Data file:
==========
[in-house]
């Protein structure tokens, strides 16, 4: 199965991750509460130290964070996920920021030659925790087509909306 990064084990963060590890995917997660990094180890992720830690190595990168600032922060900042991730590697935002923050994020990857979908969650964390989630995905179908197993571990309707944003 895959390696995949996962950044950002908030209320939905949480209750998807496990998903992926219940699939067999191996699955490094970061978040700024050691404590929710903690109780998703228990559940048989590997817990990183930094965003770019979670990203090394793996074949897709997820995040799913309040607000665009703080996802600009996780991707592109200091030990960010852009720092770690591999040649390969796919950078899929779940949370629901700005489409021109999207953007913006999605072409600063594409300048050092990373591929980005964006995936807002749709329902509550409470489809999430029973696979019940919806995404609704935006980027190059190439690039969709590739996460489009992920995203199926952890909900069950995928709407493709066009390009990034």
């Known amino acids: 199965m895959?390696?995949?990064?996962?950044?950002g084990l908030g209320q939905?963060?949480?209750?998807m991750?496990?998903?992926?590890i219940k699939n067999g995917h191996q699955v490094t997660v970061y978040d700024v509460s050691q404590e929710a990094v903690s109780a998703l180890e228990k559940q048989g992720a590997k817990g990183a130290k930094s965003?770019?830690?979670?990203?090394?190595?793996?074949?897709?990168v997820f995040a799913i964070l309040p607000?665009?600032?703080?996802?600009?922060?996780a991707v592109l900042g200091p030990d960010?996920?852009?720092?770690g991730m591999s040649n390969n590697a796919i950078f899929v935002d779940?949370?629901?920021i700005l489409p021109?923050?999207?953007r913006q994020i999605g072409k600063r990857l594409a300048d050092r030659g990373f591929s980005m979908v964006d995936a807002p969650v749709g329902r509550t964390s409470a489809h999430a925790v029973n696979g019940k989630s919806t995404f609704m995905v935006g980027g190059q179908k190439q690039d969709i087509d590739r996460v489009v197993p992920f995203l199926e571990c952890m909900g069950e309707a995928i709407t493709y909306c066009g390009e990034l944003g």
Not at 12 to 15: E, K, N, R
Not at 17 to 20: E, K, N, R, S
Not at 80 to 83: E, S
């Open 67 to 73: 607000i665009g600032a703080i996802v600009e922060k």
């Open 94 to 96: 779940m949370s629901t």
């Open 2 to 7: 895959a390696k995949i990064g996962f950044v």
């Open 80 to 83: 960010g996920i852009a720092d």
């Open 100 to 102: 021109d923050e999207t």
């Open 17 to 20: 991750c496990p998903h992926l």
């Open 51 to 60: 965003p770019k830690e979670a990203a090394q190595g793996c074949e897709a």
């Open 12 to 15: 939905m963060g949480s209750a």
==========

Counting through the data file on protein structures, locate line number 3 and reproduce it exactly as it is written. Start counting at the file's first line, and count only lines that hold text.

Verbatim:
């Known amino acids: 199965m895959?390696?995949?990064?996962?950044?950002g084990l908030g209320q939905?963060?949480?209750?998807m991750?496990?998903?992926?590890i219940k699939n067999g995917h191996q699955v490094t997660v970061y978040d700024v509460s050691q404590e929710a990094v903690s109780a998703l180890e228990k559940q048989g992720a590997k817990g990183a130290k930094s965003?770019?830690?979670?990203?090394?190595?793996?074949?897709?990168v997820f995040a799913i964070l309040p607000?665009?600032?703080?996802?600009?922060?996780a991707v592109l900042g200091p030990d960010?996920?852009?720092?770690g991730m591999s040649n390969n590697a796919i950078f899929v935002d779940?949370?629901?920021i700005l489409p021109?923050?999207?953007r913006q994020i999605g072409k600063r990857l594409a300048d050092r030659g990373f591929s980005m979908v964006d995936a807002p969650v749709g329902r509550t964390s409470a489809h999430a925790v029973n696979g019940k989630s919806t995404f609704m995905v935006g980027g190059q179908k190439q690039d969709i087509d590739r996460v489009v197993p992920f995203l199926e571990c952890m909900g069950e309707a995928i709407t493709y909306c066009g390009e990034l944003g």